1. @chrisfritz6720 on January 16, 2024 at 9:24 am

    Once upon a time I use to work there and lived in Round valley ( Rovana )

  2. @anthonyhitchings1051 on January 16, 2024 at 9:35 am

    look for the book "Mine in the Sky" 2nd Ed. by Joseph-M-Kurtak

  3. @anthonyhitchings1051 on January 16, 2024 at 9:35 am

    Mine is closed, the old mill and plant has been scraped down to the earth.

  4. @josephbebar3215 on January 16, 2024 at 9:37 am

    My dad died in that mine Joe bebar

  5. @SkooledINC on January 16, 2024 at 9:42 am

    This is awesome! How’d you even get this?

  6. @beyondbasecamp on January 16, 2024 at 9:51 am

    This is great! I always wondered about the mine there. Is it still in operation?

  7. @scottprather5645 on January 16, 2024 at 9:53 am

    Interesting video

  8. @johnblack5764 on January 16, 2024 at 10:04 am

    I remember driving through Rovana in 88 or 89, on our way to Pine Creek. Weirdest little backwater I’ve ever seen. Saw a bunch of dirty, half dressed kids standing in the middle of the road right next to town. From a distance I assumed they must’ve been playing a game of catch or something. We get closer, and realize they’re not playing with anything, they’re just standing in the road for no reason. Maybe 15 or 20 kids with dirty faces, some without shirts, some without shoes. We pull up and stop, and after a minute or so some of them slowly turn to face us.

    It was like something out of a horror movie… they were all just standing in the middle of the road facing random directions. They react super slowly, and they had the most blank expressions, completely zombified. We finally said screw it and start driving through the crowd at walking speed. The ones that were in our path would wait until the last moment to step aside, still with the blankest, most "special" looks on their faces. We get through the crowd and look back a while later, and see that they’ve all resumed their positions, standing motionless in the road.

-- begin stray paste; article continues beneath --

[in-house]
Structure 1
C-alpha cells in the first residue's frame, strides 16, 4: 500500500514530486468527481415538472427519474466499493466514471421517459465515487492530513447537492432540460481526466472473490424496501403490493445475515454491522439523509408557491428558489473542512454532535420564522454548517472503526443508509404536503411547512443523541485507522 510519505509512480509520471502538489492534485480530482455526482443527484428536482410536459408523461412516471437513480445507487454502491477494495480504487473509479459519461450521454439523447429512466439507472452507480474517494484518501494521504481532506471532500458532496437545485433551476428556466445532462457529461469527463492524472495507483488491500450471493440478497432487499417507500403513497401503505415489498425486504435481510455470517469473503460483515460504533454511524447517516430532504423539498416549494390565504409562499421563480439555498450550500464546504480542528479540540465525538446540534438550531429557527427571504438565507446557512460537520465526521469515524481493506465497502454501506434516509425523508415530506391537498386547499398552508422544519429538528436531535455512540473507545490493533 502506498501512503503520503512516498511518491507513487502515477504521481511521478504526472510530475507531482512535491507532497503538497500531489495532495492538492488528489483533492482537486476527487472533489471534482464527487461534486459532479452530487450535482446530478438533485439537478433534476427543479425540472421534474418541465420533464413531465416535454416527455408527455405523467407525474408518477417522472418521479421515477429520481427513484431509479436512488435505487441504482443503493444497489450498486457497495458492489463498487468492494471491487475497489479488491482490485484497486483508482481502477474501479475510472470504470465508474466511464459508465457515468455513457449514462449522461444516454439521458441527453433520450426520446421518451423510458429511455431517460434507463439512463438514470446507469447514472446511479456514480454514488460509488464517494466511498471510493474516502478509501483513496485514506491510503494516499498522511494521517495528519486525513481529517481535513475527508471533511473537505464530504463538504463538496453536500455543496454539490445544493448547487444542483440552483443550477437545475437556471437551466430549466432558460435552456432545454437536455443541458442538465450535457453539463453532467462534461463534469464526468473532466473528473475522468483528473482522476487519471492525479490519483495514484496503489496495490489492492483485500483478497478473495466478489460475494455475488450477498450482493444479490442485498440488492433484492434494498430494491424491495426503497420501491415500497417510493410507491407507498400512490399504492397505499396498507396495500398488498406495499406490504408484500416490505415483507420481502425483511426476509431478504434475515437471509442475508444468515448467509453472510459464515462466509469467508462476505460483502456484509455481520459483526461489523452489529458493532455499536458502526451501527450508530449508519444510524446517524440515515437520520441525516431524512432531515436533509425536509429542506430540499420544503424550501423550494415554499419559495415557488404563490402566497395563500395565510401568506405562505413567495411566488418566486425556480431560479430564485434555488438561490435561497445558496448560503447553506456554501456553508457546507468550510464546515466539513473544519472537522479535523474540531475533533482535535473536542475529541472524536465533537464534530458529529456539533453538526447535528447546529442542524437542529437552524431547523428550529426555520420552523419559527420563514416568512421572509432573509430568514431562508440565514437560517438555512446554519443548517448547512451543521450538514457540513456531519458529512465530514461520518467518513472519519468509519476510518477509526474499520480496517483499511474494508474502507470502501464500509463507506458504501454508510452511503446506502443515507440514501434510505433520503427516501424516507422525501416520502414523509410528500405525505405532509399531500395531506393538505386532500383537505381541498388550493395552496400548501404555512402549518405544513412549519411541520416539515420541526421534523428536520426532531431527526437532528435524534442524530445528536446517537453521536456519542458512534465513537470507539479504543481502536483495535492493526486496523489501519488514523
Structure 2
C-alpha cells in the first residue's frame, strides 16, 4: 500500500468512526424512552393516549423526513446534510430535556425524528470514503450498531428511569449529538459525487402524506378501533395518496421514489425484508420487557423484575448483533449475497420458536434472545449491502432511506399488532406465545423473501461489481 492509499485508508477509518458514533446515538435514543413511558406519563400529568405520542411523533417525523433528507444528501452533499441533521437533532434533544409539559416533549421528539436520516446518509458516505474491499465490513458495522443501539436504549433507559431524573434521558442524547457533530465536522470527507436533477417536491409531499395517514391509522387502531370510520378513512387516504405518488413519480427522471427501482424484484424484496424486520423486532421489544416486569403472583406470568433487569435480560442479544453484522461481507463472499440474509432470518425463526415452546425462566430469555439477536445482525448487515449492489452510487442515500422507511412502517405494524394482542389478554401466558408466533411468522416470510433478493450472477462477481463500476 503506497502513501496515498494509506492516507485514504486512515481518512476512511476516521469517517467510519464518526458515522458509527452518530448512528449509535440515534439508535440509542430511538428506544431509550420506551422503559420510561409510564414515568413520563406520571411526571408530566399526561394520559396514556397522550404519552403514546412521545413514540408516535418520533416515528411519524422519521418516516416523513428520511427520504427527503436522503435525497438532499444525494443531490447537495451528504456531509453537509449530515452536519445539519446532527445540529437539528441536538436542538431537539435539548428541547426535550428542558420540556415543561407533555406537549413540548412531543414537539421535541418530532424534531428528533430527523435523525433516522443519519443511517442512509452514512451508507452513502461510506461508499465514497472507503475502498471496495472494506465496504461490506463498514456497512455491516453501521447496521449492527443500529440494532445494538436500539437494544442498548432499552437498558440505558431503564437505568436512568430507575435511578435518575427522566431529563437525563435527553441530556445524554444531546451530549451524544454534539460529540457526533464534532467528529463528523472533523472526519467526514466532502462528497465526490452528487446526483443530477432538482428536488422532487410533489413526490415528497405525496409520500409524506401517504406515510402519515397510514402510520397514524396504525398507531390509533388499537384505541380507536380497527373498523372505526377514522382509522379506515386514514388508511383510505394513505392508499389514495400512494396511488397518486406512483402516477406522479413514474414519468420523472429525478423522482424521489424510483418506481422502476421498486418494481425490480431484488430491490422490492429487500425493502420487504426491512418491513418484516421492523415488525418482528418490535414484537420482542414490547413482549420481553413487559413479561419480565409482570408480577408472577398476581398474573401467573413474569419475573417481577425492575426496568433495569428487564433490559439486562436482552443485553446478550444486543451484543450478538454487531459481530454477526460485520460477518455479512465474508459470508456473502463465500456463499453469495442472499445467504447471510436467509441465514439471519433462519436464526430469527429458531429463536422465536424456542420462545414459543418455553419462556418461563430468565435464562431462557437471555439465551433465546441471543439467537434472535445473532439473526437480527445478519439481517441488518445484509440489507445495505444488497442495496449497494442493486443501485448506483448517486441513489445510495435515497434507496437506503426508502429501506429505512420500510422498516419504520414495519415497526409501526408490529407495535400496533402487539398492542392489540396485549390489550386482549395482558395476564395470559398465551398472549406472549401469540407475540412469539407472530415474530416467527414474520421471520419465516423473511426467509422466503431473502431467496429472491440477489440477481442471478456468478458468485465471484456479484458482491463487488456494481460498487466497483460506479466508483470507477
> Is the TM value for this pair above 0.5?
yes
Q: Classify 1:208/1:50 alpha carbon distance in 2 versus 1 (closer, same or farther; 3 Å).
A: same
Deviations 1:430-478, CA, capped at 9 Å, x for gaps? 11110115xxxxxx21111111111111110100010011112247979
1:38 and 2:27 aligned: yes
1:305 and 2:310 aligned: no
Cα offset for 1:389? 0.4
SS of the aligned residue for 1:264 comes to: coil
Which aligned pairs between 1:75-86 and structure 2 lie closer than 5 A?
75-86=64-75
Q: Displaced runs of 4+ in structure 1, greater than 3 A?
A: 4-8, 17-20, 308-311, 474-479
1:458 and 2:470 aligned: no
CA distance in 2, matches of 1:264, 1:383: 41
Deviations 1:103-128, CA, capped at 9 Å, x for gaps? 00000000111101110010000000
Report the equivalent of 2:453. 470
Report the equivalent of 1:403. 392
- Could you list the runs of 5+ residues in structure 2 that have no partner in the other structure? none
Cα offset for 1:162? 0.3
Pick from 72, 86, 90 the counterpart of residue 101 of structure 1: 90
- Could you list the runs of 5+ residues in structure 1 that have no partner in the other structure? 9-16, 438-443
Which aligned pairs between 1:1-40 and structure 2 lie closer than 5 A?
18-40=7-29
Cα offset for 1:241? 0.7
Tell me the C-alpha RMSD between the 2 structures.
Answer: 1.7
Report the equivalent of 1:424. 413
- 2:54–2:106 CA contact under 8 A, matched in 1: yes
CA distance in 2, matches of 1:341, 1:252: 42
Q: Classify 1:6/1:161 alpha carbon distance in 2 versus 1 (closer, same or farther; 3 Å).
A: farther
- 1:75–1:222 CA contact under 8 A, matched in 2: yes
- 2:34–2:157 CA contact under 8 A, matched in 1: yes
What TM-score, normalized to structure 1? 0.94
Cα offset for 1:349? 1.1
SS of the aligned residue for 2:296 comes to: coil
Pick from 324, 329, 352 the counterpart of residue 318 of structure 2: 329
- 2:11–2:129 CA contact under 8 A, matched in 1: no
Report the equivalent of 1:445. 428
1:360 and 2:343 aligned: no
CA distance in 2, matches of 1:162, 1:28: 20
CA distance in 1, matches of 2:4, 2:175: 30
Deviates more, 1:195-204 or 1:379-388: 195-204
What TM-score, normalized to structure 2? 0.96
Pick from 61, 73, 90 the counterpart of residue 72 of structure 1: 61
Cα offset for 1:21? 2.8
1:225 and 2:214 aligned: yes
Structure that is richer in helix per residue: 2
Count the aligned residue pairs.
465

I’d seen plenty of grown desert folk that seemed like extras in Deliverance, but this was like Children of the Corn, in the desert. Not sure if there was lead in the water, or bybroducts from someone’s meth lab. Cue the banjo music.

  9. @mikeo2893 on January 16, 2024 at 10:11 am

    Great Video, I worked underground there from 76 to 82.

  10. @DanielFCutter on January 16, 2024 at 10:11 am

    The more I learn about this mine the more interesting it is. I worked with a half dozen miners up in Mammoth after the mine closed in the 1980’s, had friends in Rovana. The stories are incredible.

  11. @riejurv50 on January 16, 2024 at 10:12 am

    I bought a 1958 Plymouth that was in the mine back in 2016.

  12. @teotwaki on January 16, 2024 at 10:14 am

    Sad to say that we now purchase 80% our tungsten from foreign sources. Perhaps 20% comes from recycling. The following is from a 2012 Forbes article:

    "China, which has more than 80% of the world’s supply of tungsten, has sharply curtailed its exports and as of now is a net importer of this precious element. China also shows no signs of loosening the reins on tungsten exports, preferring instead to use its supply for its own manufacturing applications.

    Russia has some, but keeps 70% of what it has for domestic use. Tungsten has also been harvested and recycled from existing devices and components, but even those sources have now reached their limits and there’s no new significant supply on the horizon.

    Currently, that leaves no more than five mines supplying most of the world’s tungsten outside of China and Russia. (A possible mine in South Korea may have reopened)

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